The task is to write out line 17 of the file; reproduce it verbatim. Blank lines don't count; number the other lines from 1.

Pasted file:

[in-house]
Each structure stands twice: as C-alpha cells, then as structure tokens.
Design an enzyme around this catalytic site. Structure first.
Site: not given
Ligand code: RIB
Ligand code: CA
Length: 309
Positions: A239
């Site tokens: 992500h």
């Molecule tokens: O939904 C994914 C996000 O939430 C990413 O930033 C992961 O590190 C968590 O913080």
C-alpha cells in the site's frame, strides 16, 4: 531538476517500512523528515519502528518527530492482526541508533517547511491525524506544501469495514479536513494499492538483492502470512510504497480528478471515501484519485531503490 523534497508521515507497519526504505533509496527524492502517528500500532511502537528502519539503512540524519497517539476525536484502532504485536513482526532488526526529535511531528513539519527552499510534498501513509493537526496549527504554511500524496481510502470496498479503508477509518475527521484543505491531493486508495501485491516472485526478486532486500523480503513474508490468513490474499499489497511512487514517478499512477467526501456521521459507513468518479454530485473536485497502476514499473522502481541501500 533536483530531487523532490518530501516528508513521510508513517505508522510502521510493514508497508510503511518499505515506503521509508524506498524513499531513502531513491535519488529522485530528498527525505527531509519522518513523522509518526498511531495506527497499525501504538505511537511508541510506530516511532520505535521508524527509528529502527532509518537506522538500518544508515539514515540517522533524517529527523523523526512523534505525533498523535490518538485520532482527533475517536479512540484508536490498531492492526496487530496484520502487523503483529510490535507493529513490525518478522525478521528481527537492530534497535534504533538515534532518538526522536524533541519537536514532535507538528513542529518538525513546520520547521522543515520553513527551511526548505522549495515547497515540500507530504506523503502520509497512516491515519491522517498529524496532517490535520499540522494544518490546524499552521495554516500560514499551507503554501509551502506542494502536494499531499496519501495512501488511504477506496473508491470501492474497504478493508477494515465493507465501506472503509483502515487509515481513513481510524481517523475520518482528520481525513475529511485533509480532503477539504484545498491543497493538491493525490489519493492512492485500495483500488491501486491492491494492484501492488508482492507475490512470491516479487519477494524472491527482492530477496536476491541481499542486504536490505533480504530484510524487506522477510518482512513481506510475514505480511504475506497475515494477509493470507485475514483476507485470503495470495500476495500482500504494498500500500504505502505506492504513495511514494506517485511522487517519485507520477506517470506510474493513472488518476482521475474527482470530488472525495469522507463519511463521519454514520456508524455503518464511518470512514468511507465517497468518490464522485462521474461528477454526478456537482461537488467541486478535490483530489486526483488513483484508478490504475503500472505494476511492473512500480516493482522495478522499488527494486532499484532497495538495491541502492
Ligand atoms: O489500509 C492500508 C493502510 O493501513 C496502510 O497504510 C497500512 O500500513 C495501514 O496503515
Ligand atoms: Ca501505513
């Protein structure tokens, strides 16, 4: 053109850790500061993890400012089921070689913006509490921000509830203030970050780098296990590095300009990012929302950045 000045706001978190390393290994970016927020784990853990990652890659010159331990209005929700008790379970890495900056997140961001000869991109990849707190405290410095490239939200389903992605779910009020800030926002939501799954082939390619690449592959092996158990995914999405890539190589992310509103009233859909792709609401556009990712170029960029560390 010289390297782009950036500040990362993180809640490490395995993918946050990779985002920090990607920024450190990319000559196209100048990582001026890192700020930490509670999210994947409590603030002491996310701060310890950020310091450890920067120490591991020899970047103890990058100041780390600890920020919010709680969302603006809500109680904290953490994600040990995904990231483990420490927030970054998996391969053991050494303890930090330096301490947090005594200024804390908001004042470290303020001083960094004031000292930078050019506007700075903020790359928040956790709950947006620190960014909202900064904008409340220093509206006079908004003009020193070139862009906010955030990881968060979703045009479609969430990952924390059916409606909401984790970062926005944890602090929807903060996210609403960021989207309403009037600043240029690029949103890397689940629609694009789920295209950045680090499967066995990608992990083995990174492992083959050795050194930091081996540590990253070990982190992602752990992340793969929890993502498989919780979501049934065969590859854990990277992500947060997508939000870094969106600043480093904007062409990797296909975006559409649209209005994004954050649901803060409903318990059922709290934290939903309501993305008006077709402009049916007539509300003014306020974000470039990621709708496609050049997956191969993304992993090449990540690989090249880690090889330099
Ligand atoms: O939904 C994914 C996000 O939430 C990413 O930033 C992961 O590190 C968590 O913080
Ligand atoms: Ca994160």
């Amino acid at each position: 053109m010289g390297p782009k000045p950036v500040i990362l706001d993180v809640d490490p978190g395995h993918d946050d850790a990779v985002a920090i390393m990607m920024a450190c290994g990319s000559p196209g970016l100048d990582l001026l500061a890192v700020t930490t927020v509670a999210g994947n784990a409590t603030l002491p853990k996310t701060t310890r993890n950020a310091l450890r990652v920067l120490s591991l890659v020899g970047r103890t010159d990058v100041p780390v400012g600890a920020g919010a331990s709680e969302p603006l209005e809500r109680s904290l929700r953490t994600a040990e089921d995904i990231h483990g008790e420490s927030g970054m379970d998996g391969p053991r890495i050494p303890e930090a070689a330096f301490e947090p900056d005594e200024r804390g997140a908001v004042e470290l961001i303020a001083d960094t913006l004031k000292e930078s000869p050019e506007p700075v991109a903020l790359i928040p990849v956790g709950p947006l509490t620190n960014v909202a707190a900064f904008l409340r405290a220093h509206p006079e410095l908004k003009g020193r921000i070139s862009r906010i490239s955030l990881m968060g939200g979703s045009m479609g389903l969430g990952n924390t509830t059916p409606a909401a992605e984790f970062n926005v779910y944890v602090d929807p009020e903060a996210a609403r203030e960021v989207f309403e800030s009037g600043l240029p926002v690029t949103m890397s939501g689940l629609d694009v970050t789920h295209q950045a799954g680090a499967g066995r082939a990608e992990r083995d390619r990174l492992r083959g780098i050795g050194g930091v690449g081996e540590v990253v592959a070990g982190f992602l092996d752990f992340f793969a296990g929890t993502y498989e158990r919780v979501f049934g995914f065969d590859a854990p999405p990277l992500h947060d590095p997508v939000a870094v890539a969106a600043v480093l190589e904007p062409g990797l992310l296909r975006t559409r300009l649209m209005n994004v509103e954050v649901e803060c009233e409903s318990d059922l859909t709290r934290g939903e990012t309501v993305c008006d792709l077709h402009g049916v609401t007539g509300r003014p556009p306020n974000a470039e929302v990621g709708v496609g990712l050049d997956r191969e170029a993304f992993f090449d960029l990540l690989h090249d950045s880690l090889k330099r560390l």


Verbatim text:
């Amino acid at each position: 053109m010289g390297p782009k000045p950036v500040i990362l706001d993180v809640d490490p978190g395995h993918d946050d850790a990779v985002a920090i390393m990607m920024a450190c290994g990319s000559p196209g970016l100048d990582l001026l500061a890192v700020t930490t927020v509670a999210g994947n784990a409590t603030l002491p853990k996310t701060t310890r993890n950020a310091l450890r990652v920067l120490s591991l890659v020899g970047r103890t010159d990058v100041p780390v400012g600890a920020g919010a331990s709680e969302p603006l209005e809500r109680s904290l929700r953490t994600a040990e089921d995904i990231h483990g008790e420490s927030g970054m379970d998996g391969p053991r890495i050494p303890e930090a070689a330096f301490e947090p900056d005594e200024r804390g997140a908001v004042e470290l961001i303020a001083d960094t913006l004031k000292e930078s000869p050019e506007p700075v991109a903020l790359i928040p990849v956790g709950p947006l509490t620190n960014v909202a707190a900064f904008l409340r405290a220093h509206p006079e410095l908004k003009g020193r921000i070139s862009r906010i490239s955030l990881m968060g939200g979703s045009m479609g389903l969430g990952n924390t509830t059916p409606a909401a992605e984790f970062n926005v779910y944890v602090d929807p009020e903060a996210a609403r203030e960021v989207f309403e800030s009037g600043l240029p926002v690029t949103m890397s939501g689940l629609d694009v970050t789920h295209q950045a799954g680090a499967g066995r082939a990608e992990r083995d390619r990174l492992r083959g780098i050795g050194g930091v690449g081996e540590v990253v592959a070990g982190f992602l092996d752990f992340f793969a296990g929890t993502y498989e158990r919780v979501f049934g995914f065969d590859a854990p999405p990277l992500h947060d590095p997508v939000a870094v890539a969106a600043v480093l190589e904007p062409g990797l992310l296909r975006t559409r300009l649209m209005n994004v509103e954050v649901e803060c009233e409903s318990d059922l859909t709290r934290g939903e990012t309501v993305c008006d792709l077709h402009g049916v609401t007539g509300r003014p556009p306020n974000a470039e929302v990621g709708v496609g990712l050049d997956r191969e170029a993304f992993f090449d960029l990540l690989h090249d950045s880690l090889k330099r560390l």